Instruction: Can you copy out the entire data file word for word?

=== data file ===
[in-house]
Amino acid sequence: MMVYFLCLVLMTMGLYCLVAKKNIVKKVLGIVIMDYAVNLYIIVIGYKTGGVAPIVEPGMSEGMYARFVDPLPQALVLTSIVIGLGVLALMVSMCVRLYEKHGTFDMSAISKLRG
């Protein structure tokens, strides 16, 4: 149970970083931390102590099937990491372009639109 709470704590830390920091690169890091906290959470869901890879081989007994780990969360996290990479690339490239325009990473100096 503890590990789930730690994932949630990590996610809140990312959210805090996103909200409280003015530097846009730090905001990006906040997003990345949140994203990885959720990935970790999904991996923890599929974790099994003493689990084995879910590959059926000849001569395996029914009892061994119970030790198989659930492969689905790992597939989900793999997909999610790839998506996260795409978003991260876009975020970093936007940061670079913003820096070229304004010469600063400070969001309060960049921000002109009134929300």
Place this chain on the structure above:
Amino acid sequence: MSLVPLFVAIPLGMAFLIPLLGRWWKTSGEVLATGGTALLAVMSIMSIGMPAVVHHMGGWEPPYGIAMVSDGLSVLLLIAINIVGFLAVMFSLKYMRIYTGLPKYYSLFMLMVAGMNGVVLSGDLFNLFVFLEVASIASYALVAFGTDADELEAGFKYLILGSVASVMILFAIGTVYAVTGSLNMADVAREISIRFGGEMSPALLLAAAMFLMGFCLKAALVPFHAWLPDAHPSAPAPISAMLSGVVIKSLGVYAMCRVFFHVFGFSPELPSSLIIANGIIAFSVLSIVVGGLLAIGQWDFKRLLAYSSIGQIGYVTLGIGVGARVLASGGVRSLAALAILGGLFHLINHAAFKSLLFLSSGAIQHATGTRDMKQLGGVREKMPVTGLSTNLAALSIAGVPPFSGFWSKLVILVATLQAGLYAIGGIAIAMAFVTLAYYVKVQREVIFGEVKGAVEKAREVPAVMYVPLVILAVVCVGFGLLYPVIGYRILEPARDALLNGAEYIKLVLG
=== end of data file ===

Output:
[in-house]
Amino acid sequence: MMVYFLCLVLMTMGLYCLVAKKNIVKKVLGIVIMDYAVNLYIIVIGYKTGGVAPIVEPGMSEGMYARFVDPLPQALVLTSIVIGLGVLALMVSMCVRLYEKHGTFDMSAISKLRG
């Protein structure tokens, strides 16, 4: 149970970083931390102590099937990491372009639109 709470704590830390920091690169890091906290959470869901890879081989007994780990969360996290990479690339490239325009990473100096 503890590990789930730690994932949630990590996610809140990312959210805090996103909200409280003015530097846009730090905001990006906040997003990345949140994203990885959720990935970790999904991996923890599929974790099994003493689990084995879910590959059926000849001569395996029914009892061994119970030790198989659930492969689905790992597939989900793999997909999610790839998506996260795409978003991260876009975020970093936007940061670079913003820096070229304004010469600063400070969001309060960049921000002109009134929300």
Place this chain on the structure above:
Amino acid sequence: MSLVPLFVAIPLGMAFLIPLLGRWWKTSGEVLATGGTALLAVMSIMSIGMPAVVHHMGGWEPPYGIAMVSDGLSVLLLIAINIVGFLAVMFSLKYMRIYTGLPKYYSLFMLMVAGMNGVVLSGDLFNLFVFLEVASIASYALVAFGTDADELEAGFKYLILGSVASVMILFAIGTVYAVTGSLNMADVAREISIRFGGEMSPALLLAAAMFLMGFCLKAALVPFHAWLPDAHPSAPAPISAMLSGVVIKSLGVYAMCRVFFHVFGFSPELPSSLIIANGIIAFSVLSIVVGGLLAIGQWDFKRLLAYSSIGQIGYVTLGIGVGARVLASGGVRSLAALAILGGLFHLINHAAFKSLLFLSSGAIQHATGTRDMKQLGGVREKMPVTGLSTNLAALSIAGVPPFSGFWSKLVILVATLQAGLYAIGGIAIAMAFVTLAYYVKVQREVIFGEVKGAVEKAREVPAVMYVPLVILAVVCVGFGLLYPVIGYRILEPARDALLNGAEYIKLVLG